Always buckle your children up in the car.
When I opened the local news paper this morning, I was appalled by what I found. Two separate articles about two separate accidents where a toddler was seriously injured simply because they were not buckled into a car seat. In both cases, car seats were installed in the vehicles, but were not in use. The excuse that was given for not buckling their children in? They don’t like to ride in their car seats, and the inconvenience of getting them into the seat.
My Child Hates the Car Seat
So what? My child hates to go to bed, but I don’t let her stay up all night. She detests having her hair washed, but it still happens. Children cannot be allowed make the decision to not buckle up. My daughter went through a phase where she would scream, cry, and anything else she could think of to avoid being buckled in. She didn’t want any part of her car seat. We are the parents, we are in charge, and we must do everything in our power to insure the safety of our children. Don’t let a tantrum stop you from getting your child buckled in. No matter how much they scream and cry, they have to learn that they will be riding in the car seat. After a few weeks of massive meltdowns every time we needed to go somewhere, she realized the tantrums weren’t going to do produce the desired results so she gave them up.
When one of the drivers was interviewed, she said that since they were only going a couple of miles in a rural area, she didn’t think it was worth the effort to buckle the child in. Regardless of how good of a driver you think you are, or what distance you are traveling, accidents can happen at any time. It takes only a few seconds and a minimum amount of effort to fasten a car seat harness. A seat belt requires even less time and effort. Inconvenience is not a good enough reason to not buckle your child securely in the car.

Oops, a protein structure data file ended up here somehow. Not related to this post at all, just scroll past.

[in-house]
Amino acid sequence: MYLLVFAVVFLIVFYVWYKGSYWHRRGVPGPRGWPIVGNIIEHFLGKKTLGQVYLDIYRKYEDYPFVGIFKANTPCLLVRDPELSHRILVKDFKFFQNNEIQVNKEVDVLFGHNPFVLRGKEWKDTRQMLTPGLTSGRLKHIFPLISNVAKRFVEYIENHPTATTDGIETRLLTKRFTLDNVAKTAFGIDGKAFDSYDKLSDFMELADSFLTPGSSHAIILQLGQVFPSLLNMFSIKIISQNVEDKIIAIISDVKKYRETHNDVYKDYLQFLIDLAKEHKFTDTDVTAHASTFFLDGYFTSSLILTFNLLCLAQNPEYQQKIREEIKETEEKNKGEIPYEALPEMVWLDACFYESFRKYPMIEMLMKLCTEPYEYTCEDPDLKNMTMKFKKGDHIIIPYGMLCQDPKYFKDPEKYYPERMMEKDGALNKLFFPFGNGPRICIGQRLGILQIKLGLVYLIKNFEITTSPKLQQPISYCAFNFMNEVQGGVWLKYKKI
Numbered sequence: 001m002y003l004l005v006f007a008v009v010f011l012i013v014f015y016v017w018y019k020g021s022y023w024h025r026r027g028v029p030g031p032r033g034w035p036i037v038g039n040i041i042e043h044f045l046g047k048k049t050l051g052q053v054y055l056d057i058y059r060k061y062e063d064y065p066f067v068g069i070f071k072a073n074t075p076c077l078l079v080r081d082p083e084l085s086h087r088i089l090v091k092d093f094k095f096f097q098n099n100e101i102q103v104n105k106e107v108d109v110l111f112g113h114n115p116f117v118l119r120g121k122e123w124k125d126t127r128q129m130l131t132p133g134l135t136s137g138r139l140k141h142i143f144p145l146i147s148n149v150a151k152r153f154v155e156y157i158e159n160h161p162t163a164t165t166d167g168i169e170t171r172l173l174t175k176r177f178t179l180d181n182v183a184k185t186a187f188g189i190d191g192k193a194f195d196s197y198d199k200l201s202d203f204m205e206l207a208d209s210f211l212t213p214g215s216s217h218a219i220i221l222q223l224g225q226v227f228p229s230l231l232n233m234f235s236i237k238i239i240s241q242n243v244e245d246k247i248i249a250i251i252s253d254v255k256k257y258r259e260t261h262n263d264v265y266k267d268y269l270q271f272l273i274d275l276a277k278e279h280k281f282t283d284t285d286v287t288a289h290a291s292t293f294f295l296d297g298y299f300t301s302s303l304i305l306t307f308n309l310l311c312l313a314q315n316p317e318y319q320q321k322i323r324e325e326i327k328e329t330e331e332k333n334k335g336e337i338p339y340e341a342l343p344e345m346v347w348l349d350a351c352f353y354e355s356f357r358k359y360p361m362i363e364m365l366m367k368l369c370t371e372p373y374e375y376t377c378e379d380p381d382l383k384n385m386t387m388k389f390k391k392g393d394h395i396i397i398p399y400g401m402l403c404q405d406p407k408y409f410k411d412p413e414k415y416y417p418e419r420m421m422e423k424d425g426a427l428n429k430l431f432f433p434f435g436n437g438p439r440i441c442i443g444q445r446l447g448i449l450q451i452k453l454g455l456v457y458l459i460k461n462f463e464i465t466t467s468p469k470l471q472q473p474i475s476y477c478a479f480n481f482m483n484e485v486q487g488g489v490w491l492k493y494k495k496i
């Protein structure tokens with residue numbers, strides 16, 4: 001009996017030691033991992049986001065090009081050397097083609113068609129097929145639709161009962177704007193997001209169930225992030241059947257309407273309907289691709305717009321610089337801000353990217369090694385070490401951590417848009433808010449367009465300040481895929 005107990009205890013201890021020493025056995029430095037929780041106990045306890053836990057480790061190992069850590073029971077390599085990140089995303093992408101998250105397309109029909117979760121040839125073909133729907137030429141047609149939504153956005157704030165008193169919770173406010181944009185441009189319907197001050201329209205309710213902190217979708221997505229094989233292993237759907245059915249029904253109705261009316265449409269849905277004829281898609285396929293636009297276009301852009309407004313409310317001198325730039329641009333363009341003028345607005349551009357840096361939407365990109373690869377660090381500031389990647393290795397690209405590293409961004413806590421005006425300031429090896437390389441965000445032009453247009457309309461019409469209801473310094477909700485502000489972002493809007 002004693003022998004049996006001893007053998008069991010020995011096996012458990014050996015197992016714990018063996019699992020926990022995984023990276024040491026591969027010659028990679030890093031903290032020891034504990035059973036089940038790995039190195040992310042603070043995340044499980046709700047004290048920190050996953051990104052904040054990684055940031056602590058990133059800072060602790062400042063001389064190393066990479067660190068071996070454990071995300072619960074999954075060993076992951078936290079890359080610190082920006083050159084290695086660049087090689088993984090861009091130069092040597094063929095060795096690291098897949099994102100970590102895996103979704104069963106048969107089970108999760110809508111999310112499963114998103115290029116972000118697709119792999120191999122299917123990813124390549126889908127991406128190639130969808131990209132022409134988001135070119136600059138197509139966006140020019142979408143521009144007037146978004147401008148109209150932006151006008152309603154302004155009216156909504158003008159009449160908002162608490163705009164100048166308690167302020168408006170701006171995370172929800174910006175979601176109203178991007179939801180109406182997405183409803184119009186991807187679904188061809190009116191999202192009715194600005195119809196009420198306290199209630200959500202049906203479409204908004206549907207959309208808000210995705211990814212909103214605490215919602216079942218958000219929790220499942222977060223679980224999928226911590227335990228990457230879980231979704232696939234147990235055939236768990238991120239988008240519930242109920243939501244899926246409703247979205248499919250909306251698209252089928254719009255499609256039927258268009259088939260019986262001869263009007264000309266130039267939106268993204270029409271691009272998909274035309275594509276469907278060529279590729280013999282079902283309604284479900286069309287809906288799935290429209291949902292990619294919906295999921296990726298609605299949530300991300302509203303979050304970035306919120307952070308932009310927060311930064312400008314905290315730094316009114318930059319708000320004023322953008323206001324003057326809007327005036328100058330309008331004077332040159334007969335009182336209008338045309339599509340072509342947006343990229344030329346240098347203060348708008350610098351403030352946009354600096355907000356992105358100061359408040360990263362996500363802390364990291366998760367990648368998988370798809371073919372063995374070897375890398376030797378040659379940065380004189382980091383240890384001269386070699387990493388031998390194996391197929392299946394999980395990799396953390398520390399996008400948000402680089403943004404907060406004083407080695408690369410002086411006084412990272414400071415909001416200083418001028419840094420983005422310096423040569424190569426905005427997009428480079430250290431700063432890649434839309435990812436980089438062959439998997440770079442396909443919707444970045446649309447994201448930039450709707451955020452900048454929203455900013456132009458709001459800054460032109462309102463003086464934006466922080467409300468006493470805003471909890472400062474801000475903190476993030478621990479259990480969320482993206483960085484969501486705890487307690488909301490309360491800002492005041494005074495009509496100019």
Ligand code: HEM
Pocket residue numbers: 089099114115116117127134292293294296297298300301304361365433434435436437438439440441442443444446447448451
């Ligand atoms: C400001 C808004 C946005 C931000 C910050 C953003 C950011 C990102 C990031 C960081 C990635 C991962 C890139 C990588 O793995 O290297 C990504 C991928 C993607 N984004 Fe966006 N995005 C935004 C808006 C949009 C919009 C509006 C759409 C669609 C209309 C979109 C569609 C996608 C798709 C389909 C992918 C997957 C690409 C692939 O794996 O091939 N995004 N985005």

According to the National Highway Traffic Safety Administration website, in the United States during 2005, 1,451 children ages 14 years and younger died as occupants in motor vehicle crashes, and approximately 203,000 were injured. That’s an average of 4 deaths and 556 injuries each day. Of the children ages 0 to 14 years who were killed in motor vehicle crashes during 2005, nearly half were unrestrained. Studies show child safety seats reduce the risk of death in passenger cars by 71% for infants, and by 54% for toddlers ages 1 to 4 years.
Their Lives are Worth the Effort
It is our job as parents to do everything humanly possible to protect our children. Securing your child in a car seat requires very little time and effort, and makes a huge impact on their safety while going for a drive. Could you ever forgive yourself if your child was injured or killed in an auto accident simply because they weren’t buckled up in a car seat? I know I couldn’t.
Published in: Family